Iron ore price drops below $60
On Thursday the Northern China benchmark iron ore price fell 2.5% to $59.50 per dry metric tonne (62% Fe CFR Tianjin port) according to data supplied by The Steel Index bringing losses so far this week to 8.7% as commodity investment fever among Chinese speculators begin to cool.
Two weeks ago iron ore hit a 16-month high following an 11% jump over just two trading days amid frenzied trading on the Dalian Commodities Exchange where the world's most active iron ore price futures are traded.
"Some people can see a bit of an uptick, and I don’t know whether it's hope. You have to look at fundamentals"
On Tuesday, Dalian iron ore futures closed 5.3% lower at 412.50 yuan or $63.35 a tonne after earlier in the day triggering so-called circuit breakers to curb excessive price movement for the umpteenth time in recent weeks. Volume on the day was a robust 217 million tonnes worth $7 billion, but things have quietened down from torrid levels in March and April when one billion tonnes in a single day was recorded.
The more subdued trading is the result of a clampdown on rogue traders, higher margin requirements and trading fees, but volumes are up five-fold compared to last year.
Speaking to reporters in Australia on Thursday outgoing Rio Tinto CEO Sam Walsh, who for years headed up the Melbourne-based miners iron ore division, said the huge quantities of iron ore being traded in Dalian were impacting “people’s view of iron ore pricing” reports the FT:
“Iron ore bounced up to $70 a tonne and I said I didn’t expect it to stay there … guess what — today it’s down at $60. Some people can see a bit of an uptick, and I don’t [know] whether it's hope. You have to look at fundamentals.”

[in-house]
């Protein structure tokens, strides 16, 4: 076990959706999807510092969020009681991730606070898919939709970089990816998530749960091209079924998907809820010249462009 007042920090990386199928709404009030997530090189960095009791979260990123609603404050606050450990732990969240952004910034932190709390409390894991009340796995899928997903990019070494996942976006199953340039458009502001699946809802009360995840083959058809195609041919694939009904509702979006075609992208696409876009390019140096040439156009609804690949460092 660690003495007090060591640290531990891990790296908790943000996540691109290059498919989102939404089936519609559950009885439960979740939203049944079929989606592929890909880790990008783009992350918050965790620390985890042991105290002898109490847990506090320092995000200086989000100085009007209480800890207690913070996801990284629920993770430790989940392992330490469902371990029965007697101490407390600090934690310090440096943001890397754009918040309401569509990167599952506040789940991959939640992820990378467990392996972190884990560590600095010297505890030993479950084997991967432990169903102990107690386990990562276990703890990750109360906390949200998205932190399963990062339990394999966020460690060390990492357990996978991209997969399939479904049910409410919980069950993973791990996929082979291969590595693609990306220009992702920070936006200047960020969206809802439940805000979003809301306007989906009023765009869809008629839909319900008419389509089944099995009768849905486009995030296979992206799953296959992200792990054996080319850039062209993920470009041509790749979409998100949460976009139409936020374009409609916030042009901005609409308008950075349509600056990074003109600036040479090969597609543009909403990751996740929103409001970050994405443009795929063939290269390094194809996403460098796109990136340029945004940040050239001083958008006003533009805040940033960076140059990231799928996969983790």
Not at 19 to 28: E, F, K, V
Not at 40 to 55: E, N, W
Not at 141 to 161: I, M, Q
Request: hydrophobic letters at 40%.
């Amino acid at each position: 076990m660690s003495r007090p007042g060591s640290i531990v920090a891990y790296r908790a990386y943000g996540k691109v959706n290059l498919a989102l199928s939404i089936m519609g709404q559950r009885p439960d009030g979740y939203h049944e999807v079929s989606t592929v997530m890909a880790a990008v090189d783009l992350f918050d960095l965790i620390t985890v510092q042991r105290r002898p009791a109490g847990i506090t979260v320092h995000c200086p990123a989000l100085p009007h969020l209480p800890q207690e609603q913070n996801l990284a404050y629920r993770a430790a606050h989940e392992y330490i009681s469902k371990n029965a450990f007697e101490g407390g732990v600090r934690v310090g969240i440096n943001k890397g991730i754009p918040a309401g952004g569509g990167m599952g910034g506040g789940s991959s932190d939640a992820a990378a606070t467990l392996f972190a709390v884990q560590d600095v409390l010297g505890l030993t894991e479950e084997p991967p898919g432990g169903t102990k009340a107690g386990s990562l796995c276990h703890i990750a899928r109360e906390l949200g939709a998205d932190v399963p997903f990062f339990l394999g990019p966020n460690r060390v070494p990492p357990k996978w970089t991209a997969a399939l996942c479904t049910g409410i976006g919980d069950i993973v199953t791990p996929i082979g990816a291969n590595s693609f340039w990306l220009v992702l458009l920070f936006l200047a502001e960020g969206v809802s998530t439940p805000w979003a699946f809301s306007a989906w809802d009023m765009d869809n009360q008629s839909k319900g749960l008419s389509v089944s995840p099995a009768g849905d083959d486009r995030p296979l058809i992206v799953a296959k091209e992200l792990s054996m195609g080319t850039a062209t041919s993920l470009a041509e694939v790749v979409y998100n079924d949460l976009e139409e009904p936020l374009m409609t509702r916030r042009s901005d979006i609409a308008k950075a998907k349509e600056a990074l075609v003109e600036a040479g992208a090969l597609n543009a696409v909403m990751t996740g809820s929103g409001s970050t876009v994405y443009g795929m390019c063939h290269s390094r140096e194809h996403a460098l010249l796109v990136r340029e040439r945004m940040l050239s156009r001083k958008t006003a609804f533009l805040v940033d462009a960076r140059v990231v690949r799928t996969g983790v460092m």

Bloomberg reports Rio on Wednesday re-iterated the company's commitment to produce 360 million tonnes on annual basis and Walsh repeated his warnings about oversupply in the market:
“There is additional supply coming on, Vale are bringing on more supply, Roy Hill is bringing on more supply, FMG seems to be increasing their volumes. Those will have an impact on supply and demand.”
The giant mine with annual capacity of more than 90 million tonnes is 85% complete and is expected to start shipping in the second half of 2016
The big three – Vale, Rio Tinto and BHP Billiton – last month lowered future production guidance, but the aggregate 35 million tonnes in possible lost production hardly changes the supply picture and the giants would still hit actual annual output records even at these lowered levels.
Citigroup's analysts expect around an additional 75 million tonnes of iron ore this year to be shipped out of Australia, more than a third of which would come from Roy Hill. The Gina Rinehart mine has brought forward ramp-up plans and now expects to be producing at full annualized capacity of 55 million tonnes by the end of this year. Later this year, Rio's board is likely to give the go-ahead to build Silvergrass which would add another 20 million tonnes of high-grade, low cost ore to the company's Pilbara output.
The investment bank also forecasts 16 million tonnes of new iron ore supply from Brazil this year. And that's even before Vale’s flagship S11D project and new railway and port infrastructure in the Carajas complex comes on stream. The world's top producer said the giant mine with annual capacity of more than 90 million tonnes is 85% complete and is expected to start shipping in the second half of 2016.
Despite recent gyrations the steelmaking raw material has managed to hold onto nearly 40% gains in 2016 and a 60% recovery from nine-year lows reached mid-December.